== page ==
If cost is an issue, the 2008-2010 Toyota Highlanders are essentially similar, and good deals can be had on used Toyota Highlanders with upgrade warranties. The 2001-2007 Highlanders are the first generation and are good solid vehicles to pick up as well.

Here’s The Borrom Line…The Toyota Highlander Hybrid Provides Good Mileage, Road Manners, And Carrying Capacity. You’ll Need Two Decades To Earn Back The Hybrid Premium. Could Be Worth It To Some Though…

How Many Priuses Would Offset the Gulf Oil Spill?

Tuesday, June 15th, 2010

So how much oil is escaping each day from the Deepwater Horizon well in the Gulf of Mexico? According to estimates late last week, that could be One Million Gallons a day. That’s a lot of Oil, Brother…priuses

Whats an altruistic way to maybe compensate for the problem?  How about, how many  Toyota Prius Hybrids would need to be sold in order to offset the oil loss?

  • Looks like there would have to be almost 1 million Priuses sold globally to conserve enough gasoline to offset the amount wasted as the escaping oil pours into the oceans and damages our beautiful beaches.

Here’s what the Math is based on to calculate what it would take to compensate just for the lost gasoline related to the daily oil loss.

  • Anonymous oil-industry experts suggest one gallon of unrefined light crude, the kind the Deepwater Horizon produced, provides half a gallon of gasoline, or perhaps a little more.
  • So that’s 500,000 gallons a day we need to save.
  • If the average U.S. car drives 10,000 miles a year at 25 miles per gallon (to make the math easy), then the 50-MPG  Prius saves 200 gallons of gasoline per year. Or 0.55 gallons per day.
  • So you’d have to sell 912,500 Priuses, each of them saving a little over half a gallon of gasoline a day, to offset the loss of half a million gallons every day.

But Toyota doesn’t make anything close to that number of Prius Cars right now. In fact, in 2009, the Company sold 139,682 Priuses in the United States, out of a total of approximately195,000. 

Until the end of this year, the total annual  production is capped at 500,000 by constraints in the supply of nickel-metal-hydride battery packs used by the cars to store energy.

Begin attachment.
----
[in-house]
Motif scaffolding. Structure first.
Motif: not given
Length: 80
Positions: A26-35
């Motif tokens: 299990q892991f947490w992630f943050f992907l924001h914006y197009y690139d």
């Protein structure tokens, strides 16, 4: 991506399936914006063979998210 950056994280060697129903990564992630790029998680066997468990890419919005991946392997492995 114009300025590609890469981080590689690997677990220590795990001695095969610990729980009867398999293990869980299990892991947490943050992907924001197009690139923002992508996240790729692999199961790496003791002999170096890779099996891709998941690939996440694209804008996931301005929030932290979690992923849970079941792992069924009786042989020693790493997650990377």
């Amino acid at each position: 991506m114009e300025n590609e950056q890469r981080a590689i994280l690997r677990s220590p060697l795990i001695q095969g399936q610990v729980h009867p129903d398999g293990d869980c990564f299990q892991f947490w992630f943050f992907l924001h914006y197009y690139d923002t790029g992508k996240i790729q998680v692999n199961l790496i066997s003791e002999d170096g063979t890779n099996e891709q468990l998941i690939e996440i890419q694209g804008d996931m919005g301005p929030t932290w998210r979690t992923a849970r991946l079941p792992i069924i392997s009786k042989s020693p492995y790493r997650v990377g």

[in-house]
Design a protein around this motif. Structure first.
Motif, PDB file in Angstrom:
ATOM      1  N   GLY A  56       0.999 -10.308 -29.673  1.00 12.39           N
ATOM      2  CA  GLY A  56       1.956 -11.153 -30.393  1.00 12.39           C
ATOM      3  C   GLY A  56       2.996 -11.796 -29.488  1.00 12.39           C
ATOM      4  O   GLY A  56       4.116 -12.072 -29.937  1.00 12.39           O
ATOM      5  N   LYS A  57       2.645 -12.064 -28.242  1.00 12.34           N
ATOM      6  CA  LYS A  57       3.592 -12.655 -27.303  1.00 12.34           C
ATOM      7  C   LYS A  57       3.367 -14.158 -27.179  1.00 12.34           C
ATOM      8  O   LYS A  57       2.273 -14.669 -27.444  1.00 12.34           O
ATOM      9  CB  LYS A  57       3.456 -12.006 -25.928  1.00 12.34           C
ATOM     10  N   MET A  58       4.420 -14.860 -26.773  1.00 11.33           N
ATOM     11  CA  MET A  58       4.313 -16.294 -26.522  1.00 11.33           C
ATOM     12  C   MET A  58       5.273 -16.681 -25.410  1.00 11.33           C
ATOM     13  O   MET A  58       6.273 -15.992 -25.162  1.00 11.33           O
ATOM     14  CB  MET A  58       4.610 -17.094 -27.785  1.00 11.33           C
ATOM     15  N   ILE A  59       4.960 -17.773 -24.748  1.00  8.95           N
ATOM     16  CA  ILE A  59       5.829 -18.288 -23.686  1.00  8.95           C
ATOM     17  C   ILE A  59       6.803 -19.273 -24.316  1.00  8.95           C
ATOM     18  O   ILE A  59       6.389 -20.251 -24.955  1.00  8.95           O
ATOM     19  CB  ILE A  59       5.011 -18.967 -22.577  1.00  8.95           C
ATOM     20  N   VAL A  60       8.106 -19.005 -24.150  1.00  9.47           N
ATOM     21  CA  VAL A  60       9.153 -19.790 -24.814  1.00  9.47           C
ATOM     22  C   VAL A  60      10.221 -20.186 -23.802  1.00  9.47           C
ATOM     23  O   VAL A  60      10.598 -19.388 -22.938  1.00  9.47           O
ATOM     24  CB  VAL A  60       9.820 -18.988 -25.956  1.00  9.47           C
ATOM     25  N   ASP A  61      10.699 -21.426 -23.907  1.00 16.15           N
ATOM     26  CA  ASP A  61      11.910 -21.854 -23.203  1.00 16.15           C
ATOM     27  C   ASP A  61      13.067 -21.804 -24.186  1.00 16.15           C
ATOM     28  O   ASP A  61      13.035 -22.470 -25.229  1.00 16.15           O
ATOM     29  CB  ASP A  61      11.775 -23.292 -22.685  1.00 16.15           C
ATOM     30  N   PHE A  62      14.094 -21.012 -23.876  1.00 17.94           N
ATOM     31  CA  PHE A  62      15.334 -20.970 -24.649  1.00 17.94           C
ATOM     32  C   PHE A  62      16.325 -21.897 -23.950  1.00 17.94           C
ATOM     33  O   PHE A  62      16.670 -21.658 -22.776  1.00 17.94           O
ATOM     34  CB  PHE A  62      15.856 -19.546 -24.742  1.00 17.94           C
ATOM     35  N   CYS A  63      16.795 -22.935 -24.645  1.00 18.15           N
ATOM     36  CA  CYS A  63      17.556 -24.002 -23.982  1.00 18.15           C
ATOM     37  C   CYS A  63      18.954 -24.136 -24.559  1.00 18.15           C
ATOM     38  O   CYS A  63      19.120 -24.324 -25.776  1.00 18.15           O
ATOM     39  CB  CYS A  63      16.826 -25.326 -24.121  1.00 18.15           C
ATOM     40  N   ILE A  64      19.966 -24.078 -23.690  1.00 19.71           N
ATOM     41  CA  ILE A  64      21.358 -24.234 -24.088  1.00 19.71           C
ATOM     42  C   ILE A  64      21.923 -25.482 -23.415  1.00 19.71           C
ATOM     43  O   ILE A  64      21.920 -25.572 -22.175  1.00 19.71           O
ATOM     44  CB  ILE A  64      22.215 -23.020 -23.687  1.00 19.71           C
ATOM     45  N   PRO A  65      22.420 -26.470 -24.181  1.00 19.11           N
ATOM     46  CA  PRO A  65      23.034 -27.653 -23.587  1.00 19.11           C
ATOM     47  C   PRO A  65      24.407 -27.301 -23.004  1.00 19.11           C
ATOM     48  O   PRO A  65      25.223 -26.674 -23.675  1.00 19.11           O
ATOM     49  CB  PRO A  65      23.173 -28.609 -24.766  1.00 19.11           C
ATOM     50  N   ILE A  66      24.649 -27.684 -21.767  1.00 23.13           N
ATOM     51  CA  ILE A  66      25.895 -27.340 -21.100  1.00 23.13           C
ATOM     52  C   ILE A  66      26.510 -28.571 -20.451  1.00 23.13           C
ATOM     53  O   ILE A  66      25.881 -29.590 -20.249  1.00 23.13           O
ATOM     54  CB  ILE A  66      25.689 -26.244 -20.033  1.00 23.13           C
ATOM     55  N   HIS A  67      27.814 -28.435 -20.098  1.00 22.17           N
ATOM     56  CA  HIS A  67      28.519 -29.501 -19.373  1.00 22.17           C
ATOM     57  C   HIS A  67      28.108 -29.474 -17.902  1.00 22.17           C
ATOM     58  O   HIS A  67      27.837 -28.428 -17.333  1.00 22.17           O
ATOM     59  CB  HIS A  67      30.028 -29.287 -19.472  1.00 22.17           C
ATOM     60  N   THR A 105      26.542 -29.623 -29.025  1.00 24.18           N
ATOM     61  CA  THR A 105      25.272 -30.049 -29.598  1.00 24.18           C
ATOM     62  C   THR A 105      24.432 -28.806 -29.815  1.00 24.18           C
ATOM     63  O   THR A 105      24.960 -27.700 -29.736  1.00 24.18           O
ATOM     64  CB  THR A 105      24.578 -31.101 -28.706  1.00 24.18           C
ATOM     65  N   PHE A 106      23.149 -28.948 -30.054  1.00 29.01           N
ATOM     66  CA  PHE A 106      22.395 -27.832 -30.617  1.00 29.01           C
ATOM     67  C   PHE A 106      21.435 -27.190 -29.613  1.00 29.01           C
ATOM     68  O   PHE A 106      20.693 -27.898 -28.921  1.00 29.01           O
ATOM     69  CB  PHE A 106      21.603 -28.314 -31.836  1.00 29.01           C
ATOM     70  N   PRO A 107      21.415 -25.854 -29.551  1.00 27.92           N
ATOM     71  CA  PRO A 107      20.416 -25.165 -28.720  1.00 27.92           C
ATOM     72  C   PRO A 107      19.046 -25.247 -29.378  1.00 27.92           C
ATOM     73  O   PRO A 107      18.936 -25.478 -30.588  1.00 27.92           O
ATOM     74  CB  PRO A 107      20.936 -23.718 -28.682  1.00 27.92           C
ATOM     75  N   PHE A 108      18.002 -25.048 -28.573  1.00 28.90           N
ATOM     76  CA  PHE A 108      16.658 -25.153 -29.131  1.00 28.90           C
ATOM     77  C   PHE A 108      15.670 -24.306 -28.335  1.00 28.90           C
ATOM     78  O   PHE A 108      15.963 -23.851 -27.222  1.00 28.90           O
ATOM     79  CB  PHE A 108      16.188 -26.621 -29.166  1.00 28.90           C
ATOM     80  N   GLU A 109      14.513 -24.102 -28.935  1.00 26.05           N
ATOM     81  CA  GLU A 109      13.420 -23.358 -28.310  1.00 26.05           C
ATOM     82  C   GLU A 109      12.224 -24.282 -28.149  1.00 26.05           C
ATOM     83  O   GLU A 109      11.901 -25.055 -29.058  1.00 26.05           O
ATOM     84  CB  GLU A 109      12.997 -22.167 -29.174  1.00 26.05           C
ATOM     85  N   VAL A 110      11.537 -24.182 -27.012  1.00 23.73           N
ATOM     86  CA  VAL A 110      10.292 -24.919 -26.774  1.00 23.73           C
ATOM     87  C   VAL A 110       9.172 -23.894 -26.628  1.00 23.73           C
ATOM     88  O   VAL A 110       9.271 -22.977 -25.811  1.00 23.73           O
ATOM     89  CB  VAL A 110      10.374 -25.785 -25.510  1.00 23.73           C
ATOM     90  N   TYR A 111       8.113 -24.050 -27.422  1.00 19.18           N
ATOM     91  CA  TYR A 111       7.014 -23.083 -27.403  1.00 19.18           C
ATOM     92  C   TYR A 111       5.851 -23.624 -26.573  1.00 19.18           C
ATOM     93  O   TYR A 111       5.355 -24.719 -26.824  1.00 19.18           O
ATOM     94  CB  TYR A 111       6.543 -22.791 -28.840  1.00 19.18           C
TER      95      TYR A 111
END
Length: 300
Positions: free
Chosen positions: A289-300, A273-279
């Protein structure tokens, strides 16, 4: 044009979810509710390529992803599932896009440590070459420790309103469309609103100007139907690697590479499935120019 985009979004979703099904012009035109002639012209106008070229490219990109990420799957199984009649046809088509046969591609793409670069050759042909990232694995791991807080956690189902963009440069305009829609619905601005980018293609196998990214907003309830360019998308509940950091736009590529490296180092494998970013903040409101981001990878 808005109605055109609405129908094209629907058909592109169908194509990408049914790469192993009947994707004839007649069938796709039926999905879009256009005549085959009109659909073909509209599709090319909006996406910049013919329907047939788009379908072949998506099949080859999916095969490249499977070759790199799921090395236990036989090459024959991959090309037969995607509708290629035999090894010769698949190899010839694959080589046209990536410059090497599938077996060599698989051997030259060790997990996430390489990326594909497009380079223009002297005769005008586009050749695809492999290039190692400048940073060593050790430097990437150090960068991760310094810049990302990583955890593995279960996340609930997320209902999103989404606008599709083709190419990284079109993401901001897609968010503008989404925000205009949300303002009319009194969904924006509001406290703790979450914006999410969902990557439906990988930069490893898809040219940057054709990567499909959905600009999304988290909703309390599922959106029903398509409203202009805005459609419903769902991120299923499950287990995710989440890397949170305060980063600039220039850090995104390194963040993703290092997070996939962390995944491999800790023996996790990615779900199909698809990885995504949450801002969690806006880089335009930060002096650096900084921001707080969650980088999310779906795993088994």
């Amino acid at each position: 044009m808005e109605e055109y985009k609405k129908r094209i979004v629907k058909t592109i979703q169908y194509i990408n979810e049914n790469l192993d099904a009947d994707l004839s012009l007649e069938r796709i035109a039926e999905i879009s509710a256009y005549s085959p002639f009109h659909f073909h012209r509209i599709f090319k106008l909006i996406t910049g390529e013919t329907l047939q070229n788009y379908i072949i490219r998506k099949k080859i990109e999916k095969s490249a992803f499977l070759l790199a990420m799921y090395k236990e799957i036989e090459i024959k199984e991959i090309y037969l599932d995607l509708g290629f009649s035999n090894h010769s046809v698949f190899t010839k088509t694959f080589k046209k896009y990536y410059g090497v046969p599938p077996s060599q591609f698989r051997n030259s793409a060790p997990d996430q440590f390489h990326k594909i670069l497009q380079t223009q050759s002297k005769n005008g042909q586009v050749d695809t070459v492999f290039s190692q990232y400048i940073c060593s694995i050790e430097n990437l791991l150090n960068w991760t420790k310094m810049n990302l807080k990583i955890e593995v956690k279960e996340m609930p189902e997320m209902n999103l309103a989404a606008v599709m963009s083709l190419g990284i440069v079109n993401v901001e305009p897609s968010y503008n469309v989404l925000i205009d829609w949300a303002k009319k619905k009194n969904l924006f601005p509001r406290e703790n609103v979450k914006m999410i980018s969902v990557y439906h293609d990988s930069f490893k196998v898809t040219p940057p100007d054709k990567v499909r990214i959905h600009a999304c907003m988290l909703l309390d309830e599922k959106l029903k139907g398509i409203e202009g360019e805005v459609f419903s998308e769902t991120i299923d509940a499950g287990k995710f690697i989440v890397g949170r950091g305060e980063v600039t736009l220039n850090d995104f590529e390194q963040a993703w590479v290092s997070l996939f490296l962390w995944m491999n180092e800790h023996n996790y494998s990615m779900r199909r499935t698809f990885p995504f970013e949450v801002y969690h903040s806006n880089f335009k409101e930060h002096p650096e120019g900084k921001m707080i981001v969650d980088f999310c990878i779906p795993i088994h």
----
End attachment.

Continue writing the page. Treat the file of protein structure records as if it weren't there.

This is too bad. After all,…  we wouldn’t want Obama’s enemy from a few months back to be the source that saves his new found enemy today, now would we?


Sunday, June 21st, 2009

In 2004 the all new second generation Toyota Prius with Hybrid Synergy Drive (HSD) was introduced and quickly became the Rolling Hybrid Icon with the Golden Reputation for environmental technology and the car with outstanding real-world fuel efficiency. 

So what is this Prius (HSD) Hybrid Synergy Drive all about and how does it operate Prius? First the (HSD) system is made up of the following components:

  • 1.8 Liter Dual-Overhead Cam Engine, runs at low temperatures and low RPMs for high reliability and fuel efficiency.
  • Hybrid Battery, reliable nickel-metal hydride (Ni-MH) that has proven performance.
  • Inverter/Converter Assembly, boosts hybrid battery voltage from 201.6 to 650 volts AC to drive thr motor/generator; inverter constantly calculates power output and boosts voltages to the powertrain
  • Motor Generator 1, System generator that recharges the battery and powers Motor Generator 2 when demand requires it.
  • Motor Generator 2, Drives Prius and provides regeneration voltage on deceleration and braking, thus capturing energy and returning it to the battery.

The Toyota Prius is a true Split Series-Parallel Hybrid (full hybrid). This means that Prius can drive on electric-only power during a driver’s commute. Many Prius hybrid competitors cannot do this.

Below is a visual layout showing how these components of Prius Hybrid Synergy Drive work systematically to operate Prius and produce the remarkable performance that this car achieves. The layout below is also very much like the dash display that a driver can monitor inside the car while driving Prius: